In the UK, statistics from the Home Office show that more than a third of a million cannabis plants were seized in 2018. The West Midlands alone saw 67,776 plants confiscated, an increase of almost 40 per cent on the year before. That same year the Metropolitan Police revealed that one cannabis farm was found every couple of days in London.
While 2019 figures are awaited, the UK emergency services have been attending cannabis-related fires since at least the 1970s. But as cultivation increases so does the number of fires related to illegal factories or farms.
Figures released by London Fire Brigade show there were 12 cannabis factory fires in the capital in the first four months of 2019 alone, approaching the total for the whole of 2018. Many of these fires are in residential premises posing a serious threat to those living nearby, but fires in cannabis factories in commercial premises are also becoming more prevalent. What's behind these increases?
First the demand for cannabis itself appears to be increasing. With a greater focus on medicinal use, some well-known high-street retailers are selling legal products based on cannabis oil; in fact the UK is the world's largest producer and exporter of legally cultivated cannabis. With demand on the rise and coming from a wider customer base than before, a ready market has also been created for illicit production and distribution.
Second, this market means large-scale illegal cannabis production is big business for those involved. There is good evidence that many factories are part of established criminal networks with many thousands of people involved in the supply chain of this lucrative trade.
Third, much more information about cultivation is now available and the equipment to start even a small factory is quite easily obtained via the internet. This means that some may begin growing the drug in a back bedroom purely for personal use, for example, and not necessarily to sell on.
What's clear is that the production of cannabis in the UK is on the rise and in turn we can probably expect related insurance claims to continue heading in the same direction. Although insurers do not collect specific statistics on fire claims related to cannabis production there is good evidence that they are currently seeing more losses relating to these factories and that those claims are becoming larger.
A large warehouse blaze in Tottenham in May 2019 is believed to have started in one unit that was being used to produce the drug.
The fire burned for more than 24 hours and took 100 firefighters to extinguish. Zurich insures one of the neighbouring units with the resultant claim by the innocent customer costing more than £1m. The damage was widespread.
And it's not just fire that's an issue with cannabis factories: damage related to leaks from irrigation systems is also prevalent, as are problems resulting from condensation in the building fabric caused by the humid environment that a factory may create. Holes are sometimes cut in ceilings to provide ventilation or to enable access for wiring which in itself is often substandard.
Where a fire does occur, it is often due to the temporary lighting and heating equipment that has been rigged up in the premises. High-powered industrial lamps are often used and they produce significant heat, with all the associated risks. In turn, any electrically-powered ventilation system that may be required creates additional hazard if not installed properly. Finally, all this set-up requires considerable energy and cabling. Most of this is poorly installed and subject to potential short circuits and resistive heating faults that can easily cause wiring or any combustible materials around it to ignite.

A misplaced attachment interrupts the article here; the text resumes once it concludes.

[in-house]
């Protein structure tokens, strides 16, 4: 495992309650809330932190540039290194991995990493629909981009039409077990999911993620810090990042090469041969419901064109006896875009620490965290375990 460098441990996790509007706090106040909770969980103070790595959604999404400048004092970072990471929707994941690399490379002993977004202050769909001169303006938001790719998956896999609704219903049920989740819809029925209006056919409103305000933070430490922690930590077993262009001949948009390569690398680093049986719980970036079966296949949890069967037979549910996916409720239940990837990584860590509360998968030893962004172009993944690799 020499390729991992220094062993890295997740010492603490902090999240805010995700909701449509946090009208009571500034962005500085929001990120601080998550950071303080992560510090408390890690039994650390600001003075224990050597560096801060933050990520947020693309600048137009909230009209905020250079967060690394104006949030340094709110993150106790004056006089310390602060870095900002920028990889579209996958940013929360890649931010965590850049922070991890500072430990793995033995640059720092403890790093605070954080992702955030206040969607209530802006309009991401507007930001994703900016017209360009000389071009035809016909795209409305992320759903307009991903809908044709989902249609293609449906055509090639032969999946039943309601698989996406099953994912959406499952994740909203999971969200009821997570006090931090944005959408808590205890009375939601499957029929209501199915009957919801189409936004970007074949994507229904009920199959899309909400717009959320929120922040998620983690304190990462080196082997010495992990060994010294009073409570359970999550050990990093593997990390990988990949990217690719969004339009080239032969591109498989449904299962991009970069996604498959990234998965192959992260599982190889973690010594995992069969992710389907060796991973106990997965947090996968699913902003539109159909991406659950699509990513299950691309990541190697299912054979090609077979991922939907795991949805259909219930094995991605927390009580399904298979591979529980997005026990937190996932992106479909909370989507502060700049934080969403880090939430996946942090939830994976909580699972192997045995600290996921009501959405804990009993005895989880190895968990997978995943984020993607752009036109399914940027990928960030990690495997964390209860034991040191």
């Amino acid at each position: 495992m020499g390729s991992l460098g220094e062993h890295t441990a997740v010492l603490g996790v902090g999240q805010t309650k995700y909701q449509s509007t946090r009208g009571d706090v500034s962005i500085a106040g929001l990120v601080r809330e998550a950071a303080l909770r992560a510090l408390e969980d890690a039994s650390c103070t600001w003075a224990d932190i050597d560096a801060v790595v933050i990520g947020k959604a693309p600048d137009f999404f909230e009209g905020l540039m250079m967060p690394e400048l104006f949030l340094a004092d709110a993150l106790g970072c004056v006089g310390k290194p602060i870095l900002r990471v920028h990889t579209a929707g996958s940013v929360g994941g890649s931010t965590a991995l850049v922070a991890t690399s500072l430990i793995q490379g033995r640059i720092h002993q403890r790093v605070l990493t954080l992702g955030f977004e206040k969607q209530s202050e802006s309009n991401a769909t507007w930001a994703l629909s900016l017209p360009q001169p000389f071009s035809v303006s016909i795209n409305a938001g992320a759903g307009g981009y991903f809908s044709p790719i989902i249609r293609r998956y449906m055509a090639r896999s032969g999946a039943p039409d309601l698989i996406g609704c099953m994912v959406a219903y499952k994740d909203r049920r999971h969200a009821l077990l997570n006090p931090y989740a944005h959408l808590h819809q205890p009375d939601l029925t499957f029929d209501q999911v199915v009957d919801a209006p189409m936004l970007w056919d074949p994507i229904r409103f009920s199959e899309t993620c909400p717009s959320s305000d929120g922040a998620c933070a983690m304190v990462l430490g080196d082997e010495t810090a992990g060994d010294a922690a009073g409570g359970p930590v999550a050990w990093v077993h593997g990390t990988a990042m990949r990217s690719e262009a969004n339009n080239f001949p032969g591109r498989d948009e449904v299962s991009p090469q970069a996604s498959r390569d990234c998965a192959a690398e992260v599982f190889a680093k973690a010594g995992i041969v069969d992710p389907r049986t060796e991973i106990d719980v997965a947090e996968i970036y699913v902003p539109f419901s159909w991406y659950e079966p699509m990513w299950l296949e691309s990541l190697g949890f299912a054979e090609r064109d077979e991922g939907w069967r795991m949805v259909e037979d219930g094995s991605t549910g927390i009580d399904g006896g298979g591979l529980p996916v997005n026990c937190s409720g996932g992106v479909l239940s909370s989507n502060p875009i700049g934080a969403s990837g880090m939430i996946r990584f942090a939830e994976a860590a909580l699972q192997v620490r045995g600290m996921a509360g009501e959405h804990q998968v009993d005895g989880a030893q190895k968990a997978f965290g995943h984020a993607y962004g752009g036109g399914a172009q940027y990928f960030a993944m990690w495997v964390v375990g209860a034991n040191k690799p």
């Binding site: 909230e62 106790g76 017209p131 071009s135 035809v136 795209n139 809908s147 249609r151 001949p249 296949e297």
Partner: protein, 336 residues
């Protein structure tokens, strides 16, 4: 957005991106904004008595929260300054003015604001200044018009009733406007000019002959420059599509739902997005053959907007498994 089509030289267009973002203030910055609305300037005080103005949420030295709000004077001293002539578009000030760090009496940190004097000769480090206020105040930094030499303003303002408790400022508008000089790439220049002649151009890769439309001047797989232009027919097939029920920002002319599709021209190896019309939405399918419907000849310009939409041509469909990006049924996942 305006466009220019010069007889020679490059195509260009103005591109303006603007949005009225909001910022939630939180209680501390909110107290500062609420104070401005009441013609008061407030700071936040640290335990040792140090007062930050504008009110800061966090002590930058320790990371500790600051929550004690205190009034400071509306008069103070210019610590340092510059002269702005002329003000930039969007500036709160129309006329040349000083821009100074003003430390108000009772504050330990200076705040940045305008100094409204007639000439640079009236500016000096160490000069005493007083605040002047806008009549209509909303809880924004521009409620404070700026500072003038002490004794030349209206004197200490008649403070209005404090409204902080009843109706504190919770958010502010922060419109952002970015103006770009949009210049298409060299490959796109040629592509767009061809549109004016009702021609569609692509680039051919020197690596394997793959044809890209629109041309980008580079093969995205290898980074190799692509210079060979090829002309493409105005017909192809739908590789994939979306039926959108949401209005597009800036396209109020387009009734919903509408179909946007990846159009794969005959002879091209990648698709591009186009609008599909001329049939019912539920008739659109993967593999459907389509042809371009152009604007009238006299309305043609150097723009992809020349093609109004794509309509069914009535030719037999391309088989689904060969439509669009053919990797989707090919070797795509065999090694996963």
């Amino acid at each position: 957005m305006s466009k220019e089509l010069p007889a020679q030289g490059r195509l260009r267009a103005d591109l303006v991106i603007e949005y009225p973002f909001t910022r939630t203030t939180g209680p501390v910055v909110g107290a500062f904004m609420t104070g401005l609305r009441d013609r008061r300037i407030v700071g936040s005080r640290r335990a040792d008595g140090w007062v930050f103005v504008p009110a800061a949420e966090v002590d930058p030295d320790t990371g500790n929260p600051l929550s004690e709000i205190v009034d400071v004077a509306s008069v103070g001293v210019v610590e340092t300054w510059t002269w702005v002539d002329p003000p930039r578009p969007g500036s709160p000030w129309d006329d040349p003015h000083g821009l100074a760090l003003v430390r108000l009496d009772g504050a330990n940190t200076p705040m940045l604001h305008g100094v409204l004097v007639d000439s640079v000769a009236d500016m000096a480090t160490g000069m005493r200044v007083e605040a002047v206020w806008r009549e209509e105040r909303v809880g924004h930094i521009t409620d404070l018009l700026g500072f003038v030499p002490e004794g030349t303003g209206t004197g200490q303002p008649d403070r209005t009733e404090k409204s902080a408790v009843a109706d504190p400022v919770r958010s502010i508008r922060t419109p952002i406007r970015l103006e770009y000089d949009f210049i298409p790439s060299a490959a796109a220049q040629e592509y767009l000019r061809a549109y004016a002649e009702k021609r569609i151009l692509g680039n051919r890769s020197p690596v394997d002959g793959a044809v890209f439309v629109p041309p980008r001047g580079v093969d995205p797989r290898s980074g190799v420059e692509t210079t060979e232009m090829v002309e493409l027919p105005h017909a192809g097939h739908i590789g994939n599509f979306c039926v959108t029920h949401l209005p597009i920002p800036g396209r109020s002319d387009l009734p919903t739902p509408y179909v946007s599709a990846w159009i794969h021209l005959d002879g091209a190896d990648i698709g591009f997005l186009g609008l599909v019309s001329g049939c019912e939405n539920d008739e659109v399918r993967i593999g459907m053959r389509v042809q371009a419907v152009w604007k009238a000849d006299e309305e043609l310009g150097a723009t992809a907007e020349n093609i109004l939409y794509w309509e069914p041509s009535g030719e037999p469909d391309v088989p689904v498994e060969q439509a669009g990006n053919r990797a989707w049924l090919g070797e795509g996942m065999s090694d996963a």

Insurers such as Zurich continue to work with property-owning customers and their advisers to guide them on steps that can be taken to protect premises and reduce the chances of them being a victim of an unscrupulous occupier. Reputable property owners can easily fall victim to a tenant or subtenant who decides to set up a cannabis factory, meaning it is crucial that landlords have a robust vetting system. Tell-tale signs may be tenants who seek to pay rent in large sums of cash or are unable to supply proper references. Failing to conduct proper checks on prospective tenants can even mean a property owner is in breach of an insurance policy condition.
Vacant premises are also an issue. In some cases they have been broken into and used as cannabis farms without the knowledge of the owner. Once established the farms themselves are then left largely unattended, meaning any fire that may develop is not dealt with until it takes hold. Fires are often only spotted by neighbours or passers-by, increasing the level of damage to the premises itself and the threat to adjacent buildings.
It is therefore vital that empty premises are properly secured and visited regularly, with careful internal inspections where possible, as external inspection alone may give no indication as to what is going on inside. Neighbours may see very little coming or going either, so factories can remain undetected for months if not for a longer period.
The risks associated with illicit cannabis farms are clear, with fire being the most obvious hazard. It is a problem that shows no signs of abating. Those who own and manage property need to take appropriate steps to avoid becoming a victim of something that is a growing issue for both them and their insurers.
Gary Strong RICS global building standards director comments: "Cannabis farms and damage from fires and illegal occupiers are issues RICS professionals need to be very alert about and regular inspections of vacant property are essential. If adjacent property is also observed to be suspected of being used for a factory this should be reported to the police."
Paul Redington is a regional property major loss manager at Zurich Insurance firstname.lastname@example.org
Related competencies include: Fire safety